Mar 14, 2014 Lori rated it really liked it
I wanted to read one of the Mary Poppins books after seeing the movie "Saving Mr. Banks" I think I read one of the books when I was a kid. but that has been a very long time! this was a fun nostalgic read.P.L. Travers has quite an imagination. I have seen the movie Mary Poppins many times. it was interesting to see what showed up in the movie and what was different.
In the book there are actually four Banks children. Jane, Michael and twin babies named John and Barbara. Bert is mentioned and he
Ana Rînceanu
Let's get it out of the way: if you've seen the movie and expect Mary Poppins to be the way Julie Andrew portrayed her, you're in for a big shock. I, for one, prefer her as P.L. Travers created her and hopefully you will too.

Each chapter is more like a short story so you don't have to read it in one go. There is no suspense between chapters and this is perfect as a night-time story that way you and the child that you're reading it to can go to sleep and read another story the next day.

It's a li
The Library Lady
If all you've seen of Mary Poppins is the Disney movie, you don't know Mary Poppins!

The real Mary Poppins doesn't sing about "a spoonful of sugar". Nosiree, she advances on Jane and Michael with the spoon and an ominous look and they meekly obey.

Mary Poppins doesn't give away her secrets. Immediately after each fantastic adventure, she denies that she has taken the children to any such place or done any such thing. (Though there is always SOMETHING to let the children know it really did happen!)
Dec 28, 2010 Tricia rated it it was amazing  ·  review of another edition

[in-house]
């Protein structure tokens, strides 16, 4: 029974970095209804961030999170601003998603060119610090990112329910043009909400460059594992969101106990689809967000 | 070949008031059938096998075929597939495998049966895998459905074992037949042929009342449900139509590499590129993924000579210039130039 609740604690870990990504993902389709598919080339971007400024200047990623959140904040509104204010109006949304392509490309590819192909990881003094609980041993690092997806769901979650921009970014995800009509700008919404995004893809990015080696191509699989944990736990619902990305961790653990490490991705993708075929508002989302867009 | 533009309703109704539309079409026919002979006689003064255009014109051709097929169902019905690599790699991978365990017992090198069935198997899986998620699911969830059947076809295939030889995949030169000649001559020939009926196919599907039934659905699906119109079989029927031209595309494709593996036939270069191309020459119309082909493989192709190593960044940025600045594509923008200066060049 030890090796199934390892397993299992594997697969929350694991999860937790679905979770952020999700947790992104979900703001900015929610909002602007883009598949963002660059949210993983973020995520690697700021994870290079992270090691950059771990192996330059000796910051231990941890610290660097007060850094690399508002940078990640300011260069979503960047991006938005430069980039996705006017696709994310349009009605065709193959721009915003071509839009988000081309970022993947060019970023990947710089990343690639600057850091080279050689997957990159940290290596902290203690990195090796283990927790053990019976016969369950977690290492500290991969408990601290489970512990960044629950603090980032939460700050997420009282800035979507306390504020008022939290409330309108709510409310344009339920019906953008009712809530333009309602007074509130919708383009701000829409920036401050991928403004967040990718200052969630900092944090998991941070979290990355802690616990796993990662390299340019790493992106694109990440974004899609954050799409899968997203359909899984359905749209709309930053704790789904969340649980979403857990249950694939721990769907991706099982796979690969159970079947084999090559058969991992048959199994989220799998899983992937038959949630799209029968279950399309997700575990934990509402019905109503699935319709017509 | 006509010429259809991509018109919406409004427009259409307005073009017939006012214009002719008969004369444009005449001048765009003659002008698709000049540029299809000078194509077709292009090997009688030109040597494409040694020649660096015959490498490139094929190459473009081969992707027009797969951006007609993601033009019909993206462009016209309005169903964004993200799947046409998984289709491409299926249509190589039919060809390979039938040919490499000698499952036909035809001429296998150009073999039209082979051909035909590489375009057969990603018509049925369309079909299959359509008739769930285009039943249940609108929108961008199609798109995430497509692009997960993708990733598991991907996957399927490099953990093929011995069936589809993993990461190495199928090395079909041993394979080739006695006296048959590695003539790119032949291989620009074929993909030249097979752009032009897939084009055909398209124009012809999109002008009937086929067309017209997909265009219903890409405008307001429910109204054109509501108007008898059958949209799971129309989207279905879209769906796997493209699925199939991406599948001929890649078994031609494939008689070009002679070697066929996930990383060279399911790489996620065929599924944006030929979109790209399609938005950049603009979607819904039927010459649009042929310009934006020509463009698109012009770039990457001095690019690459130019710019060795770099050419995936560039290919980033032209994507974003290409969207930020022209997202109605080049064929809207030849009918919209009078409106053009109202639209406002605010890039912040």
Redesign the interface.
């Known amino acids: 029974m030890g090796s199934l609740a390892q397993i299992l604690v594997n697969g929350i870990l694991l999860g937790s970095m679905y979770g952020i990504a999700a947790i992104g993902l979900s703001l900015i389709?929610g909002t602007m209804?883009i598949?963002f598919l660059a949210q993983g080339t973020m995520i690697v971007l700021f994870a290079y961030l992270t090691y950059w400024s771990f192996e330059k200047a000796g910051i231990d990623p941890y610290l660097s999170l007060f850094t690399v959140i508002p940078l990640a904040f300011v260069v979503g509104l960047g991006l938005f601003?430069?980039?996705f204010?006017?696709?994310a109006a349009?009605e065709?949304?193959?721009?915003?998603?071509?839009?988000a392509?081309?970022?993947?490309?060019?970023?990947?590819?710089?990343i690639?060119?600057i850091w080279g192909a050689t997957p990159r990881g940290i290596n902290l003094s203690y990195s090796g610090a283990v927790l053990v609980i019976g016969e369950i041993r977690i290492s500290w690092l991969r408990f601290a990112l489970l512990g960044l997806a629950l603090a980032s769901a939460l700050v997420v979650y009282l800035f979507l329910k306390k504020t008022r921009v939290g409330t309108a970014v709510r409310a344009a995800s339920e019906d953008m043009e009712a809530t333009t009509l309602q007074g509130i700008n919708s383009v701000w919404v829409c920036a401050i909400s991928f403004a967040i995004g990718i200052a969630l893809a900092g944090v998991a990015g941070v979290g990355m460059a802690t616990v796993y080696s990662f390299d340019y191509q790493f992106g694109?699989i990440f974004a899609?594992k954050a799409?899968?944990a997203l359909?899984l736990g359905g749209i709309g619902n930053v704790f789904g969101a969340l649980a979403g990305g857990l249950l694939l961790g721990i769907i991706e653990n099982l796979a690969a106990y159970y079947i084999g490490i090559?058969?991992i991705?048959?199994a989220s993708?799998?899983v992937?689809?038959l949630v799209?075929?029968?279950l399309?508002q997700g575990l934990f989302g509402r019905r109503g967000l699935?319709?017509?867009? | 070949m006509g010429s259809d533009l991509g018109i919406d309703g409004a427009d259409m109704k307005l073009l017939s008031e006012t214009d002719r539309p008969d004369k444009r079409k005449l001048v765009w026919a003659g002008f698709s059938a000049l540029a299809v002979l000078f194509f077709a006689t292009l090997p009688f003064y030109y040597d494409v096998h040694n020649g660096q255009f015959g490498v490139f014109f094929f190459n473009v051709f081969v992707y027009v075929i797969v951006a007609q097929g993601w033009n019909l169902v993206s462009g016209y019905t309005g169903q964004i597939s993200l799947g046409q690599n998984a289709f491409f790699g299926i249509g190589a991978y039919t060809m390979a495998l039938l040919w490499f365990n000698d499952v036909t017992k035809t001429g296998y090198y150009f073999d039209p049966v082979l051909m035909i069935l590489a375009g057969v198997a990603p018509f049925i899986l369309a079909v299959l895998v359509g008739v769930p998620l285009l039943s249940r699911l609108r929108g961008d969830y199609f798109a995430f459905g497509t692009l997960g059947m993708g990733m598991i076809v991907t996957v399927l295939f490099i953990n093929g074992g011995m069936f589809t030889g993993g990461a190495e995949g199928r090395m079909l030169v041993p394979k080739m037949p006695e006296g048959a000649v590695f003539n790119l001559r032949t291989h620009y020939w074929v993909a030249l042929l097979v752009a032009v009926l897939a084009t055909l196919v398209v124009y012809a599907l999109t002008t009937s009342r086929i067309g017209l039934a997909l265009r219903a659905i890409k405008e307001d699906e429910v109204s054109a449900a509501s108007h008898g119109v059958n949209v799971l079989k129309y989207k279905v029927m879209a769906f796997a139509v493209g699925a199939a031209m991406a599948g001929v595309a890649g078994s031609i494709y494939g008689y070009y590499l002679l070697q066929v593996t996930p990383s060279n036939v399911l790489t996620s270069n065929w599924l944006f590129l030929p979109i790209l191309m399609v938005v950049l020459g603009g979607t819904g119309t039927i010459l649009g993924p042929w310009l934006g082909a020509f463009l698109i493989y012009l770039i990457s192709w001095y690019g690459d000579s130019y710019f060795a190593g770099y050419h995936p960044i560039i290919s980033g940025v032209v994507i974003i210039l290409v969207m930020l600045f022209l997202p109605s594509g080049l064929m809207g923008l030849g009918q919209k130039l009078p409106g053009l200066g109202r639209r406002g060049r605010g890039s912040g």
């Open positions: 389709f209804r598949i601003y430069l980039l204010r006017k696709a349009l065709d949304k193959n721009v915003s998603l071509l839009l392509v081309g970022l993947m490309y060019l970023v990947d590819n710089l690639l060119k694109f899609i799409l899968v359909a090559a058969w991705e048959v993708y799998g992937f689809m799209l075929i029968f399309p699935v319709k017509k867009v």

Shelves: favorites

WHO HAS NEVER HEARD OF MARY POPPINS? You know, the handsome nice lady... Oppss. Sorry Mary Poppins, I am truly sorry. So here we go, the thing is Mary Poppins is the cranky nurse by the Banks children from Number Seventeen Cherry-Tree Lane. She arrived with a bang that shook and changed the lives of the Banks children namely Jane, Michael, John and Barbara. It's funny because Mary Poppins is such a very nice and kind lady but she never showed it. She is so cranky and irritable all the time that
Jan 28, 2012 Emily rated it really liked it  ·  review of another edition
The Mary Poppins books were one of the staples of my childhood, and as such I can't judge them objectively. As a child I wasn't bothered by the randomness of the magical goings-on, and the lack of an over-arching explanation for them, and I completely understood the attraction of Mary Poppins despite her continual administration of snubs to the children. Now that I think of it, she reminds me a bit of my oldest sister, who I adored (and am still quite fond of!). Although she always kept me firml ...more
Ivonne Rovira
Jul 04, 2016 Ivonne Rovira rated it it was amazing  ·  review of another edition
Recommended to Ivonne by: the movie Saving Mr. Banks